Regulating risks in healthcare in Japan: Between new politics and the tradition of liberal practice in medicine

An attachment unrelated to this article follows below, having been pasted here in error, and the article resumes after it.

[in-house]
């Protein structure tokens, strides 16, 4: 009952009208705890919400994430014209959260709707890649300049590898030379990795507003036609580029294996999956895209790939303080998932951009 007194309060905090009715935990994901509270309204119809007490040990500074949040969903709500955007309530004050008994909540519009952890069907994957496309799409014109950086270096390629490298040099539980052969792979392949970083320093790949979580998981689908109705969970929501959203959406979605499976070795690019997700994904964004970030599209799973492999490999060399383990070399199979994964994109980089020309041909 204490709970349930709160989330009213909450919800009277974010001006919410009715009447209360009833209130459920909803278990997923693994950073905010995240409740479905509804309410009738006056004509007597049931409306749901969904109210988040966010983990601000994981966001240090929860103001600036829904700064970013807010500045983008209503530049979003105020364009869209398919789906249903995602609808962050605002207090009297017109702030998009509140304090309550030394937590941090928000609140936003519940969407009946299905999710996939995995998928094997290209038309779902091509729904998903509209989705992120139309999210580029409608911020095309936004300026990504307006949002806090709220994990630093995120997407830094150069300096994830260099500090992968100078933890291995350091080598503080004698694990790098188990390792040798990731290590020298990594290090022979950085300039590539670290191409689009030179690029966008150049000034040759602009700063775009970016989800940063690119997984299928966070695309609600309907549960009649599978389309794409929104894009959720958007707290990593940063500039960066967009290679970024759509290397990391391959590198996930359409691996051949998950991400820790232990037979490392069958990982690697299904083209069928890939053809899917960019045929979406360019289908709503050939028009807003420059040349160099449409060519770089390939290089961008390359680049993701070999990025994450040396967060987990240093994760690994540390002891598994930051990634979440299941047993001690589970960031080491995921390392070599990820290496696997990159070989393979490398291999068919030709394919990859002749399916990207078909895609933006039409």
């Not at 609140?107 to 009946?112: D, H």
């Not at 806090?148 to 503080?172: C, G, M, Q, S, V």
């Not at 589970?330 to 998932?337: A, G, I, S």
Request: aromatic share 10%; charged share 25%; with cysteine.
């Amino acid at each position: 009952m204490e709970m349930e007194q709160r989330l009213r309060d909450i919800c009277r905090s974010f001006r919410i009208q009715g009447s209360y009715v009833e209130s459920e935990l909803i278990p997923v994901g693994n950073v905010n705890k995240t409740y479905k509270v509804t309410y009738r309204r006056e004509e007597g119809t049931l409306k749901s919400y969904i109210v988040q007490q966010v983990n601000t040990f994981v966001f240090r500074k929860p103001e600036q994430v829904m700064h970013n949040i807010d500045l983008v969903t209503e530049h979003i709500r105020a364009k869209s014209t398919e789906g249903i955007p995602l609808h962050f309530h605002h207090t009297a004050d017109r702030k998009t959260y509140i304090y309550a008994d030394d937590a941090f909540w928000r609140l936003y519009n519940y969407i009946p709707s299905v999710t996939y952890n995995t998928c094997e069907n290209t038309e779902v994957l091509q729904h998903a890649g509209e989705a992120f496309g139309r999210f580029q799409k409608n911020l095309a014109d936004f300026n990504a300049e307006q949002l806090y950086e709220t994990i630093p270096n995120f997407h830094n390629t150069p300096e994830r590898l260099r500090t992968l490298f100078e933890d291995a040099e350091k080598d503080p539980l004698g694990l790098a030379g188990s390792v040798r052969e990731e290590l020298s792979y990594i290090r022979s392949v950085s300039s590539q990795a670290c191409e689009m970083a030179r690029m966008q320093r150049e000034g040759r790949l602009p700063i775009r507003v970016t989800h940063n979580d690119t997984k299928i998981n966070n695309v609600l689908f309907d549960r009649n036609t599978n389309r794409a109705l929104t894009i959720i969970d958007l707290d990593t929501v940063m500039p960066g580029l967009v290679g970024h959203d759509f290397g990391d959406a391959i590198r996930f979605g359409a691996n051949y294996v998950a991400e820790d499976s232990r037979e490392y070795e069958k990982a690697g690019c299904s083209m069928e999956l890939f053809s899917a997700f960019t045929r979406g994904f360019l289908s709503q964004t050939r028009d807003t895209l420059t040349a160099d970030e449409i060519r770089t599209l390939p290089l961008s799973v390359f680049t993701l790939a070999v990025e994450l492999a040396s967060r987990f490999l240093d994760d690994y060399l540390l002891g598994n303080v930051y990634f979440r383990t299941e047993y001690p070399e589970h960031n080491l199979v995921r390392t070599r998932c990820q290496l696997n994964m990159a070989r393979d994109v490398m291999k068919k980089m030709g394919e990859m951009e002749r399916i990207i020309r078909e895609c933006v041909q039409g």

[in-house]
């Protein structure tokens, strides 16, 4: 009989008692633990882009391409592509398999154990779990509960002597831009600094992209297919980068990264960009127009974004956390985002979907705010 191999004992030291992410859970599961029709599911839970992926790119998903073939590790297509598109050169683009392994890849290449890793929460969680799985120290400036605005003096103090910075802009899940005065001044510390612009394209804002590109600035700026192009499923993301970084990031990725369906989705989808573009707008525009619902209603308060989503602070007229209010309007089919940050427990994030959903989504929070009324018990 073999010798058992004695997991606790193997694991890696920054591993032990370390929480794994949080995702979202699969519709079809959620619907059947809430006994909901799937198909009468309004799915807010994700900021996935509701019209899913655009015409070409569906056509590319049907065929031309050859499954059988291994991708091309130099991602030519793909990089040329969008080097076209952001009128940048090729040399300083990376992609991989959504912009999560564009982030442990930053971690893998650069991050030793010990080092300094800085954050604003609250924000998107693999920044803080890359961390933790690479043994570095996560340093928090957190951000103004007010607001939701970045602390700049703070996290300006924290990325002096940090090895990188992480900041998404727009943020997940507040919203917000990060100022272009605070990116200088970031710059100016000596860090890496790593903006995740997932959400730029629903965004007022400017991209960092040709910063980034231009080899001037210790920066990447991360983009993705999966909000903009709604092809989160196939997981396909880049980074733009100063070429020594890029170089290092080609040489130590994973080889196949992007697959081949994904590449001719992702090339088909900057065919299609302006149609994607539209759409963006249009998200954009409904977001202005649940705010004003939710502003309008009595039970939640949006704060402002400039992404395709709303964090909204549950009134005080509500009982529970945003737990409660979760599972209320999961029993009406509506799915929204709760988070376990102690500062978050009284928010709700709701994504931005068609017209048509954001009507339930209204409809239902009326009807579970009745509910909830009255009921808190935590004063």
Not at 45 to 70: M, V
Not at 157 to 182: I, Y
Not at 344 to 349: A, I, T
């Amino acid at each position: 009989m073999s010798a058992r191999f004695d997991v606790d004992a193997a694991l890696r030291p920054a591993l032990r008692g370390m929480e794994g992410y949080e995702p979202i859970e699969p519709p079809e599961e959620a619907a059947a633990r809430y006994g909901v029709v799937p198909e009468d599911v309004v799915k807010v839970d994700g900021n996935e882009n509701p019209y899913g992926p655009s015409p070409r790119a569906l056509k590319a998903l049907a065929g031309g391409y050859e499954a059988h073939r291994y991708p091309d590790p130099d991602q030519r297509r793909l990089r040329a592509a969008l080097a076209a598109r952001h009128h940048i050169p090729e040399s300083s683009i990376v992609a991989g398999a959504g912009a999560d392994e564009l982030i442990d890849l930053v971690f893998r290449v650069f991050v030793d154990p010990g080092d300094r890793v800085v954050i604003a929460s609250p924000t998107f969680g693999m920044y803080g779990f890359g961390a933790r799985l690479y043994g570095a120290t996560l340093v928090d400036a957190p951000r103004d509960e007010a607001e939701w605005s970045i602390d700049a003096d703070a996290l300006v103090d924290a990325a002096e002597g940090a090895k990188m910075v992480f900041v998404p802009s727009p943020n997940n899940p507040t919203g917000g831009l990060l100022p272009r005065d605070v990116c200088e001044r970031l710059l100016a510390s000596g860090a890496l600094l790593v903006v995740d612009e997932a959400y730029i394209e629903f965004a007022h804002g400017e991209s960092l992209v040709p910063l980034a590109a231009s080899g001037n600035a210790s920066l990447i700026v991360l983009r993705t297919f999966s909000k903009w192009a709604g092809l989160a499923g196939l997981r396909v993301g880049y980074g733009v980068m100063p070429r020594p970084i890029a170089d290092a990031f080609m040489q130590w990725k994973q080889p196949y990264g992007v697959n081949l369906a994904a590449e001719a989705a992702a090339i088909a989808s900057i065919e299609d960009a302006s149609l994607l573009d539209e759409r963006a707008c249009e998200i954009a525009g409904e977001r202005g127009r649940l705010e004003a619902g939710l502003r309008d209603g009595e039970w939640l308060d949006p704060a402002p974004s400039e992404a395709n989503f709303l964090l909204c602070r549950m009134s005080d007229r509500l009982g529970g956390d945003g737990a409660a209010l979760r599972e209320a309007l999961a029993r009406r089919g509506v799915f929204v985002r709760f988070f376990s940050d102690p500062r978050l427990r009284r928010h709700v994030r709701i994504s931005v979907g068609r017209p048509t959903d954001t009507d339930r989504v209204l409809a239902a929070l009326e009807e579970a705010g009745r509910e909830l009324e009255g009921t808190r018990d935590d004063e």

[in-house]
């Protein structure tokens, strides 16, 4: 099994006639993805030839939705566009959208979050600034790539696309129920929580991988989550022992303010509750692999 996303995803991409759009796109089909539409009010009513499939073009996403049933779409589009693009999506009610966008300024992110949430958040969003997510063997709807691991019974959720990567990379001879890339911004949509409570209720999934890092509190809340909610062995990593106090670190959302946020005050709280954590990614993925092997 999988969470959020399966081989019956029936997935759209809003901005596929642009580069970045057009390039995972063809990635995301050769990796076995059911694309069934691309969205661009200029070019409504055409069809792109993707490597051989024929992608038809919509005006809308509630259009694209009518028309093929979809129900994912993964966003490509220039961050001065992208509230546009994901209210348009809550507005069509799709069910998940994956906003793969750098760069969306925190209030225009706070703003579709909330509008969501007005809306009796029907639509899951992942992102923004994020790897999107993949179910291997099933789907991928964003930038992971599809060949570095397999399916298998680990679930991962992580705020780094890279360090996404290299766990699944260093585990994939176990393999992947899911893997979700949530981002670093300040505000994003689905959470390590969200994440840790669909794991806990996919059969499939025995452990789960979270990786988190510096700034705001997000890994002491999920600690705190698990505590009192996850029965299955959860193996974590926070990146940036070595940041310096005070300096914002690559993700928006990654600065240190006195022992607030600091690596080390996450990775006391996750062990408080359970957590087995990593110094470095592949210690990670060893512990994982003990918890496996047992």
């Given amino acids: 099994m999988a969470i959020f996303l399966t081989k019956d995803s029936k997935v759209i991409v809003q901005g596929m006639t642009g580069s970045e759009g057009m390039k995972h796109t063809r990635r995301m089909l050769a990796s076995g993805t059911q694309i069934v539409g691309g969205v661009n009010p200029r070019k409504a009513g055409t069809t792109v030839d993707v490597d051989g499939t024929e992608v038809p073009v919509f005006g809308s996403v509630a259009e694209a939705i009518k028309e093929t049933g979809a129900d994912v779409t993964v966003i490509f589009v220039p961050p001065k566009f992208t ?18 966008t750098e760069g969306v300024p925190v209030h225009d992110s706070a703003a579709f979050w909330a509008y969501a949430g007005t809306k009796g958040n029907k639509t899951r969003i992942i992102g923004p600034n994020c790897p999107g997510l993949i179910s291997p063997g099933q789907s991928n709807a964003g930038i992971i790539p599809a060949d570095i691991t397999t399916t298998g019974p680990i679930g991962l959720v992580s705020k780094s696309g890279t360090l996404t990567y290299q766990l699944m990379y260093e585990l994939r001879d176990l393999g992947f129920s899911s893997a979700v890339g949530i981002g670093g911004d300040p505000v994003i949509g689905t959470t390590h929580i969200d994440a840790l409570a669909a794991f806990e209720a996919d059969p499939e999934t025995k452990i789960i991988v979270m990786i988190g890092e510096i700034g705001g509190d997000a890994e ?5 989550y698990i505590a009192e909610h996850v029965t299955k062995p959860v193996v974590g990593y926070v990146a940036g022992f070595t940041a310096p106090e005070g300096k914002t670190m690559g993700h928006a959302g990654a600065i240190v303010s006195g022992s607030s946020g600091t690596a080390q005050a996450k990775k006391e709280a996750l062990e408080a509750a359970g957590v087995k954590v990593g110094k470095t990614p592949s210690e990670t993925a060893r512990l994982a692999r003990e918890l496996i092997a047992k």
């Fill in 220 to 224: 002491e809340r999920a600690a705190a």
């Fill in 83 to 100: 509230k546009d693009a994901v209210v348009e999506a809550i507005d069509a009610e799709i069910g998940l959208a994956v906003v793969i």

Liberal practice in the medical professions has long been the tradition and de-facto position of the Japanese government. However, accountability and transparency in healthcare governance have recently drawn scrutiny, primarily due to several adverse events in hospitals. While New Public Management and risk-based approaches have not penetrated the design of regulatory management and compliance strategies, there has been increased institutional capacity and a search for a new mechanism of regulating risks in healthcare. This paper attempts to identify the directions of policy developments in Japan. It questions whether the conventional model of professional self-regulation in medicine is eroding, as in many English-speaking countries. The article demonstrates that while we may identify some common trends such as greater transparency and the creation of arm’s length bodies, policy decisions prove deeply embedded in governance arrangements, and professional self-regulation in healthcare remains resilient, particularly in Japan.
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